The Building Blocks to Number Sense

The ability for conceptual subitizing – a key component of number sense – begins in infancy. As children grow, they naturally show the ability to subitize. As an educator, you can help your students build on that natural gift by helping them train their brains to quickly identify sets of numbers, know how numbers relate to each other and solve traditional mathematical equations. Mastery of number sense skills frees children from relying on finger counting which often leads to mistakes and slows students down as they progress to more challenging math work.

The KENS Math methodology focuses on the development of three essential number sense skills:

  • Subitizing – the ability to see a set of objects instantly without counting. Well-developed subitizing skills allow students to process math equations quicker and avoid mistakes common to counting.
  • Creating number combinations – traditional math facts like 2 + 2 = 4
  • Recognizing number magnitude using number lines – developing an understanding of number lines help children learn to estimate and develop a great memory for numbers.

Also, a vast amount of research indicates that subitizing, number line, and number magnitude skills are reliable predictors of later math achievement at all grade levels. These skills are essential to the development of basic math skills including addition and subtraction. Linear board games and play-based math activities also reinforce those skills. In KENS Math, the placement of dots, the gradual increase in challenge, and the intentional training of subitizing and number combinations is designed to take advantage of these key research findings to further support each student’s number sense development.

A Fresh Approach

KENS Math takes a fresh approach to teaching early learners math. It focuses on the very foundation of math in a way that is fun and interactive for teachers and students. It weaves a variety of activities and teaching strategies together and is designed to be hands-on and easily adapted for the early education environment. Some examples of the activities and strategies included in KENS Math are:

  • Linear board games that will improve number line skills, number identification, and arithmetic skills.
  • Manipulatives, such as, wooden number lines and foamies, provide a hands-on experience and help the content come alive.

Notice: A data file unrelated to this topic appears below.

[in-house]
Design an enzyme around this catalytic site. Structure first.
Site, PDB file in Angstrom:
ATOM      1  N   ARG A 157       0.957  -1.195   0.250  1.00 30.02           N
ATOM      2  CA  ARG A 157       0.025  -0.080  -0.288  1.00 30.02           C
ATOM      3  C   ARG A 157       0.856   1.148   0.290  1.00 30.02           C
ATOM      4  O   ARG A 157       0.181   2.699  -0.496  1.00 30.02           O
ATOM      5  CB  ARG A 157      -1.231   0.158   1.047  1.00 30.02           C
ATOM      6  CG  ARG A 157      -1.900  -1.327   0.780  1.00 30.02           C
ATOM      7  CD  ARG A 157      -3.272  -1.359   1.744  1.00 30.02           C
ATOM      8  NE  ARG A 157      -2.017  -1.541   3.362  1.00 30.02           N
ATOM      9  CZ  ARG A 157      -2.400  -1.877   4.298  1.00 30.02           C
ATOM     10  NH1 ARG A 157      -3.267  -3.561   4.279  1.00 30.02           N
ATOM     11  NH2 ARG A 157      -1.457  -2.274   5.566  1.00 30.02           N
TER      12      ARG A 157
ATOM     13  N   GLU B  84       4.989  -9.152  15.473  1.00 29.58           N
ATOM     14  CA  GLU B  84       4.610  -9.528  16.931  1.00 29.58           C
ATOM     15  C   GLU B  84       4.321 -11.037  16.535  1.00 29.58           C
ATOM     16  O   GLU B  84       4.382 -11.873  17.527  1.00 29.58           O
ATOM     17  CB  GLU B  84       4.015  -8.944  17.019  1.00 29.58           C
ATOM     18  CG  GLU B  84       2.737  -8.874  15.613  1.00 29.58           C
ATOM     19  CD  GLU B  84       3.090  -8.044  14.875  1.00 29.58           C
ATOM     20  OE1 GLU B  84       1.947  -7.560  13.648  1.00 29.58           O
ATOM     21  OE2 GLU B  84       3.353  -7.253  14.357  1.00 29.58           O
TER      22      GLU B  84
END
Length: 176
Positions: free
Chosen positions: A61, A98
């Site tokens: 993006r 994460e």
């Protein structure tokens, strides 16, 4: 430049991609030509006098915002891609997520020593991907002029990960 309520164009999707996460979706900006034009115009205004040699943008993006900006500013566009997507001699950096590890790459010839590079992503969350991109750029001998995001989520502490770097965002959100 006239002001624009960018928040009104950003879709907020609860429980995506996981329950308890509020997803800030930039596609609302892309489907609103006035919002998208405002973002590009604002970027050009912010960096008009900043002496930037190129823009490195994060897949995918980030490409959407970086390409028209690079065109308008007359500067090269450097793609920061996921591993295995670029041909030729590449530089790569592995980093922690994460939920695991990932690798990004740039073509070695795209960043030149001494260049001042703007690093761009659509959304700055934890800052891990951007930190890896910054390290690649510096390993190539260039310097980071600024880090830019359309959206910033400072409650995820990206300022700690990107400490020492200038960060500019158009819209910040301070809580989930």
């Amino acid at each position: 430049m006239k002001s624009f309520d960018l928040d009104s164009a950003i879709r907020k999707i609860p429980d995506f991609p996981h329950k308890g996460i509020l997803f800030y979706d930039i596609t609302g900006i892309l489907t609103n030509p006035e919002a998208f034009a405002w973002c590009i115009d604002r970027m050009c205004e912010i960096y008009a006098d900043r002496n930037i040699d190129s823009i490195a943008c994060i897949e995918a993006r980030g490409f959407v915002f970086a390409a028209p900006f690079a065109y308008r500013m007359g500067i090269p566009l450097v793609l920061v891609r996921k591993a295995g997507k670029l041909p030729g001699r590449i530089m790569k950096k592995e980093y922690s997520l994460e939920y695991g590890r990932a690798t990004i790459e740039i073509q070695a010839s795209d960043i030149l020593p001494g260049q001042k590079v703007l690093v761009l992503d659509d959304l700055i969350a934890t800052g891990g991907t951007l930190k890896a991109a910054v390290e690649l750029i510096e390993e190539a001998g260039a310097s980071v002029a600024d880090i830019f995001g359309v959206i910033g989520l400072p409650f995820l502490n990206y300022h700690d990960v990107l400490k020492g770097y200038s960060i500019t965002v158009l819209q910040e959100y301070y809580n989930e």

• Circle number lines and foamies to aid students in subitizing and placement of numbers on a number line.
  • Subitizing flash cards to gradually shape number sense skills level by level.

Rather than relying only on verbal memory to recall math facts, the KENS Math methodology engages the brain through “Go, Show & Tell” exercises that build number sense in a fun, interactive way.

  • Go – Students use visual memory to teach the brain to subitize or quickly identify number sets, a skill that has a direct correlation to later math success.
  • Show– Students engage in hands-on activities that teach an understanding of number combinations and number magnitude.
  • Tell – Students leverage their “go” and “show” learning and verbal memory to master traditional math equations.

Leveled Learning

In the primary grades of Pre-K, kindergarten and first grade the range of students’ number sense varies widely. The KENS Math program is leveled, giving teachers the ability to differentiate instruction and provide the appropriate level of challenge for each student. This leveled approach also helps teachers meet diverse learning needs, including those of English learners and special needs students. The curriculum can also be used as a response to intervention (RTI) program.

In each level of the program, there are different lesson plans geared toward achieving the goal of that level. Teachers can use student achievement data and the KENS Math Assessment to determine when they introduce each level to each individual student. Each lesson plan includes a specific outline including the Goals, Vocabulary, Materials and Games to use during that level of instruction. Download  sample pages of the leveled lesson plans in KENS Math Teacher’s Edition.

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